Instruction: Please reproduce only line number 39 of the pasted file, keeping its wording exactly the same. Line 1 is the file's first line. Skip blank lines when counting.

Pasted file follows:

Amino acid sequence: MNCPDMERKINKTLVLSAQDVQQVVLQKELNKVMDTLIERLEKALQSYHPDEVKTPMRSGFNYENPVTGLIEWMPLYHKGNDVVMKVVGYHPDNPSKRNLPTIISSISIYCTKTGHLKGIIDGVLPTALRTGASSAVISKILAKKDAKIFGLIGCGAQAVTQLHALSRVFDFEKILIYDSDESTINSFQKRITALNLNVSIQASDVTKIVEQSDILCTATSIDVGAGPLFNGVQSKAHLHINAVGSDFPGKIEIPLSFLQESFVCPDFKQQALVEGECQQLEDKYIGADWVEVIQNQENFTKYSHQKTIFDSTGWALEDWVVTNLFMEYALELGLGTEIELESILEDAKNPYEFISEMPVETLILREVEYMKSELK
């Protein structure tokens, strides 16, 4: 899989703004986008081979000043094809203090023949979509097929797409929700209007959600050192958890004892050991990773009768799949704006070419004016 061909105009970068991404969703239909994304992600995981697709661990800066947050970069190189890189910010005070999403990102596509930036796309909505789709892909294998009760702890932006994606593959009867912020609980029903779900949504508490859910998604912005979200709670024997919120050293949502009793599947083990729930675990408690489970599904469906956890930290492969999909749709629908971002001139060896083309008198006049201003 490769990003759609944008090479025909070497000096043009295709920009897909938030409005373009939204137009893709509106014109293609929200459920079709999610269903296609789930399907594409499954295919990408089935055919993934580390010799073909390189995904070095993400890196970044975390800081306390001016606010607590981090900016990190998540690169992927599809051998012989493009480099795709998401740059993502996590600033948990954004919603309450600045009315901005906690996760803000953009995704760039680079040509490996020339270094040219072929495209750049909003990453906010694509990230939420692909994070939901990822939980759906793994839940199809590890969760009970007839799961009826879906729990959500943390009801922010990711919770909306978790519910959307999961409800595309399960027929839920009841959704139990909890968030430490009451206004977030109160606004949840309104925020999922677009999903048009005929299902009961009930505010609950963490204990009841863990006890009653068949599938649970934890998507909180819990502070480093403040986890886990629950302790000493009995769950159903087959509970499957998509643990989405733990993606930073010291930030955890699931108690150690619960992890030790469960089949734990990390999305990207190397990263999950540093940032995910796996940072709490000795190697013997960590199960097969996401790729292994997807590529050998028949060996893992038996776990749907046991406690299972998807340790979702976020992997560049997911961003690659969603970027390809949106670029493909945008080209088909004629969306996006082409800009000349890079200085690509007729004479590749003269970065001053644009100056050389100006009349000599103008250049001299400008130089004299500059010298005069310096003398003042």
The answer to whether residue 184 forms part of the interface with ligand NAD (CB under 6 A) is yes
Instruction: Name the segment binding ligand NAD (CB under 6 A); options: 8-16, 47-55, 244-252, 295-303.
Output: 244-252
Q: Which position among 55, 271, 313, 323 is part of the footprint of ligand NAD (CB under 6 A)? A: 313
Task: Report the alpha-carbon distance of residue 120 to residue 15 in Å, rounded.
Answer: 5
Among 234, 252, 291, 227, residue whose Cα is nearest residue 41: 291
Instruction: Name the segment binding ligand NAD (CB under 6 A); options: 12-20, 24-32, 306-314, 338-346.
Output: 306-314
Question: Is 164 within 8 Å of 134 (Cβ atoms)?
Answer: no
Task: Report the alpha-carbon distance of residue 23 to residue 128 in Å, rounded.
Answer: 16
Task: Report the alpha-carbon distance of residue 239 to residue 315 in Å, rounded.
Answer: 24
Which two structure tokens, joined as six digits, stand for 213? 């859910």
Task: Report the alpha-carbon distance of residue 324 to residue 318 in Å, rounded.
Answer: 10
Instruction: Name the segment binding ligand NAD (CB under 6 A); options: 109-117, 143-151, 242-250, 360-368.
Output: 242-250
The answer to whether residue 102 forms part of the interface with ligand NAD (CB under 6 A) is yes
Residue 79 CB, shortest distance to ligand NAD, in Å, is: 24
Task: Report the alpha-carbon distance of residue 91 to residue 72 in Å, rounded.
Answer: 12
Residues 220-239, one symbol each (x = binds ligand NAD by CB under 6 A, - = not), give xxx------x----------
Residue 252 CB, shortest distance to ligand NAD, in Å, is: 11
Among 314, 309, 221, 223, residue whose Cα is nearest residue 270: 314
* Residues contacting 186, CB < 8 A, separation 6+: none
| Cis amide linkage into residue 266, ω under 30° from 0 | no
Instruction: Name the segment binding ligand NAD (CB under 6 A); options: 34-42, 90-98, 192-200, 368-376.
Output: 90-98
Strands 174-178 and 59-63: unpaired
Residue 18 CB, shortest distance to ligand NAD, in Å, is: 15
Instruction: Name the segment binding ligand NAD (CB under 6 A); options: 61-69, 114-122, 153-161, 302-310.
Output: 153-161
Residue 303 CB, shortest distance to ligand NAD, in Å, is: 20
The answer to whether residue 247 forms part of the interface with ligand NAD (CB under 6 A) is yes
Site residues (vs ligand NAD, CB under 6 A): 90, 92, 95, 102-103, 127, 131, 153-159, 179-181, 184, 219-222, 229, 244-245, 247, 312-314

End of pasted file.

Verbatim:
The answer to whether residue 247 forms part of the interface with ligand NAD (CB under 6 A) is yes